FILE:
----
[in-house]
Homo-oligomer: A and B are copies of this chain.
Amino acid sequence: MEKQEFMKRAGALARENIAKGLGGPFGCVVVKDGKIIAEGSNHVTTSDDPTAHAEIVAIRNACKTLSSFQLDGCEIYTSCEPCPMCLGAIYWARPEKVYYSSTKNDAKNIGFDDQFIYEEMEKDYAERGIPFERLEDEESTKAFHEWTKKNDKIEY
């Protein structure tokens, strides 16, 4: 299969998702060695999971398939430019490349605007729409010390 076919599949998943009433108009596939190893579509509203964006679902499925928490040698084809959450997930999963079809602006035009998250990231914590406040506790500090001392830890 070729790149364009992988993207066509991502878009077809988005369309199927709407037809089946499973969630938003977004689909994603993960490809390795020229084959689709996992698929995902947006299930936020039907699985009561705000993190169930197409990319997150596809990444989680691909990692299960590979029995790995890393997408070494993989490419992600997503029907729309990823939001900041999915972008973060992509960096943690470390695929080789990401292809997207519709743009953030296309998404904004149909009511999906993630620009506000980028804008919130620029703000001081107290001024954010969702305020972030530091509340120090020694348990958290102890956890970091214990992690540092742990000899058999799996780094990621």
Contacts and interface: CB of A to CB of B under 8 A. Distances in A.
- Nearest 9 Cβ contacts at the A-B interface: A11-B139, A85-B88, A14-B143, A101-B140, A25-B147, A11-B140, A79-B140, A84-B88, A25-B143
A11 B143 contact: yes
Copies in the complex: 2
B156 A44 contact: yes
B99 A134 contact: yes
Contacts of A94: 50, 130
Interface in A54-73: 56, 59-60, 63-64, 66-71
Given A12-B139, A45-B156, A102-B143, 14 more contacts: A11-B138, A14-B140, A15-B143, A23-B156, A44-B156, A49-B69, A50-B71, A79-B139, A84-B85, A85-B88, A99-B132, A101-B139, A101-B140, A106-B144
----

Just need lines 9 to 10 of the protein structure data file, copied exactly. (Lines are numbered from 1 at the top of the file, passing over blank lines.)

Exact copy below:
B156 A44 contact: yes
B99 A134 contact: yes